Consumers have more choice than ever, firms say
Importers and suppliers say growing demand from both sides to broaden their beer repertoires means there’s a wealth of international brands vying for fridge space.
For operators, the range available provides an opportunity to give their outlet a point of difference over competitors.
“There is a strong trend, both in Scotland and beyond, for consumers to want to get back to interesting rather than bland global brands,” said Mark Todd, chief executive of KC Brands, which is importing Cambodian beer Kingdom to the UK.
You can have the most diverse range of beers in the world but if no one buys them, it’s a poor beer list.
“We see this in the USA with the rapid growth of craft beers and in the UK with the growth of microbrewers.
“Consumers are bored with the same old brands all the time.”
Gary Lawson, director of sales in Scotland at Branded Drinks, which imports Weihenstephan, Furstenberg and Krusovice to the UK, said world beers have had a major impact on the beer category as a whole.
“Gone are the days when someone walks into a bar and asks for ‘a pint of lager’,” he said.
“In my experience the origins and heritage of the imported beers are the main selling points when customers ask about your particular imported beer range.”
With such a wide range now available in the UK – and limited fridge space – choosing what to stock can be challenging.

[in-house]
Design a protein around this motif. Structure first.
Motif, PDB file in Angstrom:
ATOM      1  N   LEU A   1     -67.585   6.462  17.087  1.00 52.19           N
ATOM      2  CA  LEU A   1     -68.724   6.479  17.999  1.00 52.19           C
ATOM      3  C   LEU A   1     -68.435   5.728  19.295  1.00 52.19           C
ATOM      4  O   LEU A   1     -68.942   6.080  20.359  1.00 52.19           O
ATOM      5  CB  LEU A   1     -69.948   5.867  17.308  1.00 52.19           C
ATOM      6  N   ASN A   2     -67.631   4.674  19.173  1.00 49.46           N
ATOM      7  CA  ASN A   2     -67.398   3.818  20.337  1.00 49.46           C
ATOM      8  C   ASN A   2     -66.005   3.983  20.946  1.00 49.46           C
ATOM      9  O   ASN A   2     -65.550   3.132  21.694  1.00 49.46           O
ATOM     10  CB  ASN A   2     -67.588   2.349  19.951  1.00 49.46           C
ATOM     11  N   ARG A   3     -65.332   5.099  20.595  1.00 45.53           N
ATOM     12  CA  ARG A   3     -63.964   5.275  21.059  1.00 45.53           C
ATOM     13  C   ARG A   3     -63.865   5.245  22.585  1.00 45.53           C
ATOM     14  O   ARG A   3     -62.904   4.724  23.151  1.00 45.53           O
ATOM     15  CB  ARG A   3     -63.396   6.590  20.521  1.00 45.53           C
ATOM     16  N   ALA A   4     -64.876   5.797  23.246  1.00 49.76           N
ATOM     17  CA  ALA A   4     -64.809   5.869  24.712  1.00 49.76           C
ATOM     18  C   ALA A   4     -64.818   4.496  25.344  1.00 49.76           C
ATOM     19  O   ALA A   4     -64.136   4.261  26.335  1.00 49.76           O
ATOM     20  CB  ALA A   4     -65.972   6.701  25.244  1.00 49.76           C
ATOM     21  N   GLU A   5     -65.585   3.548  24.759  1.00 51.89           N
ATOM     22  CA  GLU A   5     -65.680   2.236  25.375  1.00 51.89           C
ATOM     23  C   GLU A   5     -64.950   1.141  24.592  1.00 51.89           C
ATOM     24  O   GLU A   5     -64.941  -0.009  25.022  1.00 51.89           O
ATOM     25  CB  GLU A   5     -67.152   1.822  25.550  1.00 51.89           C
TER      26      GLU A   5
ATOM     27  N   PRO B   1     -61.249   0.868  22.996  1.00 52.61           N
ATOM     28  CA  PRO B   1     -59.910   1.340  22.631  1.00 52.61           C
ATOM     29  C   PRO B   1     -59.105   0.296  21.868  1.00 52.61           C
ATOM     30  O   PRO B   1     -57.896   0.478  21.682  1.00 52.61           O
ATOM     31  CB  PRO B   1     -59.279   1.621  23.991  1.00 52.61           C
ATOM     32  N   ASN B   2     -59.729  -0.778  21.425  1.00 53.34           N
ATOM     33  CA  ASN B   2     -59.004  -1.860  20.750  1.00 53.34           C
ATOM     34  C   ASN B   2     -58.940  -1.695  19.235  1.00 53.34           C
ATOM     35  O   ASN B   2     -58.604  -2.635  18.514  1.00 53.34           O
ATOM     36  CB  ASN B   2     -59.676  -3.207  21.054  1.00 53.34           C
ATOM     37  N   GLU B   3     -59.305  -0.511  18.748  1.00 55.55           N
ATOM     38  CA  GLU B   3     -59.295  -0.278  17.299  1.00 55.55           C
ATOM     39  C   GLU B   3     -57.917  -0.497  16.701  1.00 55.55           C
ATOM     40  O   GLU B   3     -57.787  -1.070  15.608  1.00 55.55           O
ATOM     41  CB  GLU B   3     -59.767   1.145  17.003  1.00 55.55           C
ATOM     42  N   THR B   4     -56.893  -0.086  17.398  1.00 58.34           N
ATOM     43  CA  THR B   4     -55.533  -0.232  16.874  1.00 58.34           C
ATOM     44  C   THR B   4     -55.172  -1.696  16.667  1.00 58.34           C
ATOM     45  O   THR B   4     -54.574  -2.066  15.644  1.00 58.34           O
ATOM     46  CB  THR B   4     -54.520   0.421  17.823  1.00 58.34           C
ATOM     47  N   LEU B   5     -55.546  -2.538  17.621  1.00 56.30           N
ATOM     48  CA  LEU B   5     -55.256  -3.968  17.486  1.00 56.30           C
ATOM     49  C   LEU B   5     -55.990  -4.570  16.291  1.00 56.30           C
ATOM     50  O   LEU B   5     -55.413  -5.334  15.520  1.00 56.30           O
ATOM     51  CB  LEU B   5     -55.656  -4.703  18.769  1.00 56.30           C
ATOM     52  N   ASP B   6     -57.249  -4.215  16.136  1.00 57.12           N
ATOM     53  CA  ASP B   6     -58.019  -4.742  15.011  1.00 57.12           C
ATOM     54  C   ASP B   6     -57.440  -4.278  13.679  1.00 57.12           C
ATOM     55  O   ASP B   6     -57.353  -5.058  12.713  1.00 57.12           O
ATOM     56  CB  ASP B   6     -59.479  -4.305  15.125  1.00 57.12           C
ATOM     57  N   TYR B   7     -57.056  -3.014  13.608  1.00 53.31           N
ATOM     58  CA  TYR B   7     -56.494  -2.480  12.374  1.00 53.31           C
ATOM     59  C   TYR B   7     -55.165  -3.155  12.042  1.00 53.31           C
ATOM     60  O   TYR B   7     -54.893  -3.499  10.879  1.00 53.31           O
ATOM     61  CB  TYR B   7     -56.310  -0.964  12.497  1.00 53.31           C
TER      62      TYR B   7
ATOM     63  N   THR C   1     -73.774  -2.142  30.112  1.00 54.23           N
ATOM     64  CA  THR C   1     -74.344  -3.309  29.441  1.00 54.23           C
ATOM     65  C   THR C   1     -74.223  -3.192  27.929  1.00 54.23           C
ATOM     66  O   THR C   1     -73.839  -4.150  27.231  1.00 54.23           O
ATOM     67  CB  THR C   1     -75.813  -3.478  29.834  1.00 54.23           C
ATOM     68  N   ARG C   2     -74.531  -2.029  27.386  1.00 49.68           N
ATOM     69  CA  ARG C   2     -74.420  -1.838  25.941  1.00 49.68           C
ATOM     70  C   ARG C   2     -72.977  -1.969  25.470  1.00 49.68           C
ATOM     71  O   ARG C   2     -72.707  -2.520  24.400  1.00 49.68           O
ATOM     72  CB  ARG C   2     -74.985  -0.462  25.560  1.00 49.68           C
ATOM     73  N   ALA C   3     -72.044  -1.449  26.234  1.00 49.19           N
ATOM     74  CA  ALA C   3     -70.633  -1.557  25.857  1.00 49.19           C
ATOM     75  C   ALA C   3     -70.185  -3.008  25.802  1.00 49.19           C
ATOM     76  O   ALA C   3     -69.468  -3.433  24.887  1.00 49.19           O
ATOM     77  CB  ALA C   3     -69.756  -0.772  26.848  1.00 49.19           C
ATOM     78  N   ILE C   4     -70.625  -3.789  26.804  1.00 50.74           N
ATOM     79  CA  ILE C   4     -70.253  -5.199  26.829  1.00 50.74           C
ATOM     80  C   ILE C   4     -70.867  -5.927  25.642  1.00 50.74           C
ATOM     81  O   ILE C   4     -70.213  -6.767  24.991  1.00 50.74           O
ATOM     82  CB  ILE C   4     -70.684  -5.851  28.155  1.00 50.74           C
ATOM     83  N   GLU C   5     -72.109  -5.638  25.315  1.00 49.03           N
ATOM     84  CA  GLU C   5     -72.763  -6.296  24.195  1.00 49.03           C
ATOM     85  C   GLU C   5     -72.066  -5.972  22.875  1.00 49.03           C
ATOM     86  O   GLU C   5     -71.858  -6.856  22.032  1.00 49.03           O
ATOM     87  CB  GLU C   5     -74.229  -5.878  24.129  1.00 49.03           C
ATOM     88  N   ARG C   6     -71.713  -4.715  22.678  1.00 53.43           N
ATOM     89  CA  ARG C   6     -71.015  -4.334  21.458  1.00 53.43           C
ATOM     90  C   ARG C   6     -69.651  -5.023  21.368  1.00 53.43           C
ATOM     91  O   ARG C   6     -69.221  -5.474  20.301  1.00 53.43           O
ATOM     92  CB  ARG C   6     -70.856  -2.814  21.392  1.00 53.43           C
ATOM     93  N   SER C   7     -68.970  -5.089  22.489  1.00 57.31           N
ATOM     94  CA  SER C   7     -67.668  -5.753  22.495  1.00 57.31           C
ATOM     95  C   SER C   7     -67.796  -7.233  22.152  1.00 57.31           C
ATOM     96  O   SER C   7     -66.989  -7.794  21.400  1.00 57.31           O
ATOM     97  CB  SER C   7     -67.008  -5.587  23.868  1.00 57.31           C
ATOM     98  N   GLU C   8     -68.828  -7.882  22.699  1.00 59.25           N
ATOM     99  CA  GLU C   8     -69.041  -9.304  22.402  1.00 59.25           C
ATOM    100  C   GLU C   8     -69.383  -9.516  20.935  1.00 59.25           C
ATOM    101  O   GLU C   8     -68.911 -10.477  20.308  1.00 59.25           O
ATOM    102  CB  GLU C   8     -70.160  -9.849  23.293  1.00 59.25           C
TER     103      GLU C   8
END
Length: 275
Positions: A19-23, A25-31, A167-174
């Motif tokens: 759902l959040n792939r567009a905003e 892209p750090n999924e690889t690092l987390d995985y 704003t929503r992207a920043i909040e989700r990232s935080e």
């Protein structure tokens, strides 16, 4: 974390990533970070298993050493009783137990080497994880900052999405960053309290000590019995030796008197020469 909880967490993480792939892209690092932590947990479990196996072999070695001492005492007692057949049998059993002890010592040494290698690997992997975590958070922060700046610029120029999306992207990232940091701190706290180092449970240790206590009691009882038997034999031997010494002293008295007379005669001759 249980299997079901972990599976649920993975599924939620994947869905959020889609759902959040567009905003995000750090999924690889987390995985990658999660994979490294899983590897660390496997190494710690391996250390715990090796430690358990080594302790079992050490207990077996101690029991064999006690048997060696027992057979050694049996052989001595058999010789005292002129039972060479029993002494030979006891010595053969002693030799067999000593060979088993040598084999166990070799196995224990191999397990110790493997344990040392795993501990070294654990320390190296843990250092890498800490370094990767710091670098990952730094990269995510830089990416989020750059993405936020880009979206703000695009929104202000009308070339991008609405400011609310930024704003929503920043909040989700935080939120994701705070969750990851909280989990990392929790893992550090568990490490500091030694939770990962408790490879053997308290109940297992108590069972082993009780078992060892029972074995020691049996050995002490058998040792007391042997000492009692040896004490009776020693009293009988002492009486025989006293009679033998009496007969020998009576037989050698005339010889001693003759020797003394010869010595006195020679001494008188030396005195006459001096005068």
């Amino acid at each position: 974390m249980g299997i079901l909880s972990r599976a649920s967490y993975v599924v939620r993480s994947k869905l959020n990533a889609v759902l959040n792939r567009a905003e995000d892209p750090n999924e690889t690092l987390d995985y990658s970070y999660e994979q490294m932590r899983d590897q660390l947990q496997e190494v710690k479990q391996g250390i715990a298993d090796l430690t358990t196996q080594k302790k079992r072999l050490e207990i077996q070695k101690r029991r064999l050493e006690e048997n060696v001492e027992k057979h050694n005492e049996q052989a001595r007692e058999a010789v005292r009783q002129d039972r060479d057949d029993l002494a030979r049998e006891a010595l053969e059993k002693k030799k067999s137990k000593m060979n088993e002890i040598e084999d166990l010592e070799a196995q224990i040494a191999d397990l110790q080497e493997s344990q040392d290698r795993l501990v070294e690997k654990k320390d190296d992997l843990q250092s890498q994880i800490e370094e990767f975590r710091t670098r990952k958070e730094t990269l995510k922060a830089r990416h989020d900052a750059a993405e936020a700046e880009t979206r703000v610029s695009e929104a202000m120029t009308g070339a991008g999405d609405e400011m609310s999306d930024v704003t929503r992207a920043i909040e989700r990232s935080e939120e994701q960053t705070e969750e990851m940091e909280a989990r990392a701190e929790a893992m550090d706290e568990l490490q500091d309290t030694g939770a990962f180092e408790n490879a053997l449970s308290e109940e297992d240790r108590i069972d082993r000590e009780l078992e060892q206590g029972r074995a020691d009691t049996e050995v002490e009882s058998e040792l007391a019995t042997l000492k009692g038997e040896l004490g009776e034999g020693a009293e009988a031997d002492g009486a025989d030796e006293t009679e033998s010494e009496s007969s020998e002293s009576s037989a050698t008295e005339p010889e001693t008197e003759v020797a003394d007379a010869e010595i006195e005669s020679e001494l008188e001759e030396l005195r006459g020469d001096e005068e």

Graham Archibald, senior national account manager at Morgenrot Group, whose imported beers include Alhambra and Cruzcampo, reckons there are a few simple steps operators should follow.
“First and foremost, a good beer list is not the one that looks prettiest on paper but the one which is most successful in generating sales,” he said.
“You can have the best, most diverse selection of beer styles and brands but if nobody buys them, it’s a poor beer list.
“The key to putting together a good beer list is choosing the right beers for your venue, your customers and the customers you want to attract and then ensuring that your staff are selling and serving these correctly.”
However, the firm behind Budweiser Budvar warned against taking the term ‘world beer’ at face value.
Jill Sutherland, who heads up Scottish operations for the Czech lager, said the term itself can be misleading as it covers such a wide range of different products.
“Budvar began life in the UK as a premium lager, since then it has become a niche beer, a discovery beer, a genuine imported beer, a foreign beer and now a world beer,” she said.
“The truth is that none of these labels are much more than a fashion statement. They tell neither retailers or consumers very much about what they are getting.”
Sutherland argued that the beer category overall needs to be re-defined to make it easier for consumers to differentiate locally-produced craft products from those that are brewed under licence by global companies.